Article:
Not being specific and detailed about the ‘where, when and how’ of voting forced a construction company to re-do the formalities and resubmit its application as the Fair Work Commission made it clear that process matters.
Taking a pragmatic approach, the employer advised the workforce of 11 in a letter that there would be a meeting to finalise the deal and vote “in about a fortnight”. This letter was followed up by a text message advising the specifics of the date and place of the vote. The trouble was, the text was sent less than seven days before the voting date.
When the approval hearing took place, the commission questioned the employer and decided that since the text message was the only time the specifics of the ‘where, when and how’ had been formally advised to the employees, this constituted the only notice of the event which the commission could take consideration of. Since it was too close to the actual day, it was not valid.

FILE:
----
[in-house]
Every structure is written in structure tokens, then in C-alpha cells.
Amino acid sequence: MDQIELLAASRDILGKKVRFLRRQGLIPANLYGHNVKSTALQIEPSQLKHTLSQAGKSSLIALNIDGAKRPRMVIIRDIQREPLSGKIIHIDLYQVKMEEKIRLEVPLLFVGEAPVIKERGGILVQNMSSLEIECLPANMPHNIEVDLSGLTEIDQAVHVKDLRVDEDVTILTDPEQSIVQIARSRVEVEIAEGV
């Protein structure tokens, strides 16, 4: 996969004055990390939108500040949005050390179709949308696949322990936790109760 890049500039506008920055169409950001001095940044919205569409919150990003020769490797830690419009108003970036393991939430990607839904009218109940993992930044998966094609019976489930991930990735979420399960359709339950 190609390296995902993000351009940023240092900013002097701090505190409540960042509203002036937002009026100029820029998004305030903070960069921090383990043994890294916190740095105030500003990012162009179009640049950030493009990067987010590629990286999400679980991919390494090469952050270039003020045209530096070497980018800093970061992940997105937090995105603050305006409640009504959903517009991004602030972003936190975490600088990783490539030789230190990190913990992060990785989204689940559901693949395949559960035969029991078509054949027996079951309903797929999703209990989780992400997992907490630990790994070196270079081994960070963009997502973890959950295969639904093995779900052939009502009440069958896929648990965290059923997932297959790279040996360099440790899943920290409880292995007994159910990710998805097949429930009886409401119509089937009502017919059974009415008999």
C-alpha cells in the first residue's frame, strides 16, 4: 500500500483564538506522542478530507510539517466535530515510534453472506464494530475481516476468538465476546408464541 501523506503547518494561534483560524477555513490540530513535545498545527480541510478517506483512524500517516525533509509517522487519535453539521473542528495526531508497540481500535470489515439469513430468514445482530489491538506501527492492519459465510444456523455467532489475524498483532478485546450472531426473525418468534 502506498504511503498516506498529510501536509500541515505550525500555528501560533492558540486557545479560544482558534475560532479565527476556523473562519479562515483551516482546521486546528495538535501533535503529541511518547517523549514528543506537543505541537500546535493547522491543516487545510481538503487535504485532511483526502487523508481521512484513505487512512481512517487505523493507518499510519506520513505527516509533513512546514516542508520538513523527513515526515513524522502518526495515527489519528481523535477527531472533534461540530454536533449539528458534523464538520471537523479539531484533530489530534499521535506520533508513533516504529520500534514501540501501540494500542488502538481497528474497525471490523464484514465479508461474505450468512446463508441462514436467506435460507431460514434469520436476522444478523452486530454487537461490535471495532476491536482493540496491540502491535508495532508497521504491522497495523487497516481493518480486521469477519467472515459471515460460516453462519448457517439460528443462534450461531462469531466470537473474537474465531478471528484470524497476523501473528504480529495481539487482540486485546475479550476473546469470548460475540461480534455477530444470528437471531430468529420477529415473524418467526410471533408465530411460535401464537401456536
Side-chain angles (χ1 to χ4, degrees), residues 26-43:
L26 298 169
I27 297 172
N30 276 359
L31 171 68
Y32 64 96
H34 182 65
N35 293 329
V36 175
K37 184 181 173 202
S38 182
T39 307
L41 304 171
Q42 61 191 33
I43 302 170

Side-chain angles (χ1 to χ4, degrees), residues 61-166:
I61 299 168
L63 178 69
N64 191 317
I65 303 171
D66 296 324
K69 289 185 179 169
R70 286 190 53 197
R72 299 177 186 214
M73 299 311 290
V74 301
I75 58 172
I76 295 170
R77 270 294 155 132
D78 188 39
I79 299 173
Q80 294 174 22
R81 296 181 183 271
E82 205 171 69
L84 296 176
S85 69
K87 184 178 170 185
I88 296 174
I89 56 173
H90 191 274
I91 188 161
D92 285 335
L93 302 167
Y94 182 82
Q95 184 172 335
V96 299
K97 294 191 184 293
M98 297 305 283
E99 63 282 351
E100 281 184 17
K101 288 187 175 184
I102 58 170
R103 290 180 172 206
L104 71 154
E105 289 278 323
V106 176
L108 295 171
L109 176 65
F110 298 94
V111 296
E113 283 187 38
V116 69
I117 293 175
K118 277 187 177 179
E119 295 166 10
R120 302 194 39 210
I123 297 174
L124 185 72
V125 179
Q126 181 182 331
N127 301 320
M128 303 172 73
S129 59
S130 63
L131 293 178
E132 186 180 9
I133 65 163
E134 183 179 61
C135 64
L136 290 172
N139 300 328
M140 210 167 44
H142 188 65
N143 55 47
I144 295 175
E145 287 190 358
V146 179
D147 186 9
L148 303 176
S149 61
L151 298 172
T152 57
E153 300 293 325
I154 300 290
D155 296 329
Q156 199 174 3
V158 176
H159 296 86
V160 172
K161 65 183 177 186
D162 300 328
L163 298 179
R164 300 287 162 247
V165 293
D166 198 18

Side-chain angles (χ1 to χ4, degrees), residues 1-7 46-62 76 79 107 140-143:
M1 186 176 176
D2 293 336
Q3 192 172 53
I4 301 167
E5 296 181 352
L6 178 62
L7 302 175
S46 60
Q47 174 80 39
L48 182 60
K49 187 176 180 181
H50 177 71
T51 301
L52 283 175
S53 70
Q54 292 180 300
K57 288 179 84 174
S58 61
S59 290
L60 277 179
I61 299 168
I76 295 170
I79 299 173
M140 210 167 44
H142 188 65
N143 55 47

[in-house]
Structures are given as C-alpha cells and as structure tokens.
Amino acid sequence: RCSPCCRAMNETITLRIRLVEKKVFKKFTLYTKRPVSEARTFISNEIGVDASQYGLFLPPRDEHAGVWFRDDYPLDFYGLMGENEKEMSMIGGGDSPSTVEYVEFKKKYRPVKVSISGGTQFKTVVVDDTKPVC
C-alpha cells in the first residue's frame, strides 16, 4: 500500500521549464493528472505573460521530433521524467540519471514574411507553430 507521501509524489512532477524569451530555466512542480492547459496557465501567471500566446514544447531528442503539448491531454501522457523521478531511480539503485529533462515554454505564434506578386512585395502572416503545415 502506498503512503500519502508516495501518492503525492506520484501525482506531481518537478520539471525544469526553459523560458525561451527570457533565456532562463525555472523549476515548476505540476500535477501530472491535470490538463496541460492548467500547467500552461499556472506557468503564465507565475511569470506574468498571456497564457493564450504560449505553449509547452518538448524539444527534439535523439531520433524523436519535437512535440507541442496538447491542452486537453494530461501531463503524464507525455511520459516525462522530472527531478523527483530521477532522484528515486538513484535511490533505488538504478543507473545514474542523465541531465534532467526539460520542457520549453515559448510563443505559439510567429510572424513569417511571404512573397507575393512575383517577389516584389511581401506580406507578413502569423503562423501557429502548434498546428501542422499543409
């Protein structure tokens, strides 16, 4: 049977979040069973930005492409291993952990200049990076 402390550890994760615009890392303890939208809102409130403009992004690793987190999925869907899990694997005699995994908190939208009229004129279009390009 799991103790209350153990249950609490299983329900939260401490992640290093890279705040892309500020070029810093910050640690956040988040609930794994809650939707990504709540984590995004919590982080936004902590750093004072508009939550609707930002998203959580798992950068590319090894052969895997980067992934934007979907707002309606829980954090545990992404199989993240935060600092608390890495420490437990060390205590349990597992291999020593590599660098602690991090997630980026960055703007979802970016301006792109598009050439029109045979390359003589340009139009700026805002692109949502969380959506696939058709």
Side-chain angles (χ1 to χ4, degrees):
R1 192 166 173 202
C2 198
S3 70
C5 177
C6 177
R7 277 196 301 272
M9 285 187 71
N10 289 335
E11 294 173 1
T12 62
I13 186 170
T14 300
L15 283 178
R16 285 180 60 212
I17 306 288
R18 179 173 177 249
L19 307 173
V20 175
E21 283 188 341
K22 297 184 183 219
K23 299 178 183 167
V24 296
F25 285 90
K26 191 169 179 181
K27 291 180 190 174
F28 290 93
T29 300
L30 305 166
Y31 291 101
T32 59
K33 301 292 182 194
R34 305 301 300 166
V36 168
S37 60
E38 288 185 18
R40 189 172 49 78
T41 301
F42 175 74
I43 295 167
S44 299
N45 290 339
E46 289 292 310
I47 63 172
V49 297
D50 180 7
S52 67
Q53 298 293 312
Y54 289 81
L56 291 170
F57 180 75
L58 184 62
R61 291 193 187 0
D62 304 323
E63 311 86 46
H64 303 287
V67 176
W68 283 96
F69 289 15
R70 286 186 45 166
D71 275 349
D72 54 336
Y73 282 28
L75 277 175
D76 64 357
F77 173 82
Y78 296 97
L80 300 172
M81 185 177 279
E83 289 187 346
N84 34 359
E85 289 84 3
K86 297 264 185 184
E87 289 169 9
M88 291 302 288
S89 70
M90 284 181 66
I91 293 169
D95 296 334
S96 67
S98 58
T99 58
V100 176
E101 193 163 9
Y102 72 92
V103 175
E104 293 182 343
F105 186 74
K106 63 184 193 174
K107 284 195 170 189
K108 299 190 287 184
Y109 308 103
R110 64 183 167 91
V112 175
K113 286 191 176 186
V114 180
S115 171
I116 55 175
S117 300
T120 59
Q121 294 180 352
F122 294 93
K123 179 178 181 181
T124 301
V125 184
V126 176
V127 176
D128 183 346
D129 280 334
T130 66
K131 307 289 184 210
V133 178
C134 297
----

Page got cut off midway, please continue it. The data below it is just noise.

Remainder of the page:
The employer had to withdraw that application, go through the seven day access period, notice of voting and filing all the paperwork again, at some little cost. It did not matter that the commission confirmed there was nothing wrong with the agreement itself, just the technical steps required by the Act leading up to the ballot had not been met.
It is likely the small size of the workforce, coupled with the union’s involvement, lulled the employer into a false sense of security about the process. But taking a pragmatic approach in these situations about the process steps is fraught and employers must be disciplined in that regard or suffer disappointment.